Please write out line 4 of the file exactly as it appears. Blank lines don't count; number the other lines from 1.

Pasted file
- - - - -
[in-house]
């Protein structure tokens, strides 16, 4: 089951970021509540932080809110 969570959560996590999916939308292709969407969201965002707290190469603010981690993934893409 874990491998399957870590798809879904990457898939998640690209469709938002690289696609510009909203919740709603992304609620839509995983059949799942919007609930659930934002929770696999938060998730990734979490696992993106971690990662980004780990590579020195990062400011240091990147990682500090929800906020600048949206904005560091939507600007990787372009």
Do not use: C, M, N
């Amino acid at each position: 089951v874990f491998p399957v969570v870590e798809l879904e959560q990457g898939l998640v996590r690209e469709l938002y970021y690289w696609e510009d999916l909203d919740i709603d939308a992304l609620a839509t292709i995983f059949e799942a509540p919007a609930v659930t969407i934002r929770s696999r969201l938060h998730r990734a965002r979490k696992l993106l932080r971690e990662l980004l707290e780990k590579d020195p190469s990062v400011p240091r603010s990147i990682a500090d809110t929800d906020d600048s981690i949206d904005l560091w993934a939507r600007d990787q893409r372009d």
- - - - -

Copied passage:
């Amino acid at each position: 089951v874990f491998p399957v969570v870590e798809l879904e959560q990457g898939l998640v996590r690209e469709l938002y970021y690289w696609e510009d999916l909203d919740i709603d939308a992304l609620a839509t292709i995983f059949e799942a509540p919007a609930v659930t969407i934002r929770s696999r969201l938060h998730r990734a965002r979490k696992l993106l932080r971690e990662l980004l707290e780990k590579d020195p190469s990062v400011p240091r603010s990147i990682a500090d809110t929800d906020d600048s981690i949206d904005l560091w993934a939507r600007d990787q893409r372009d």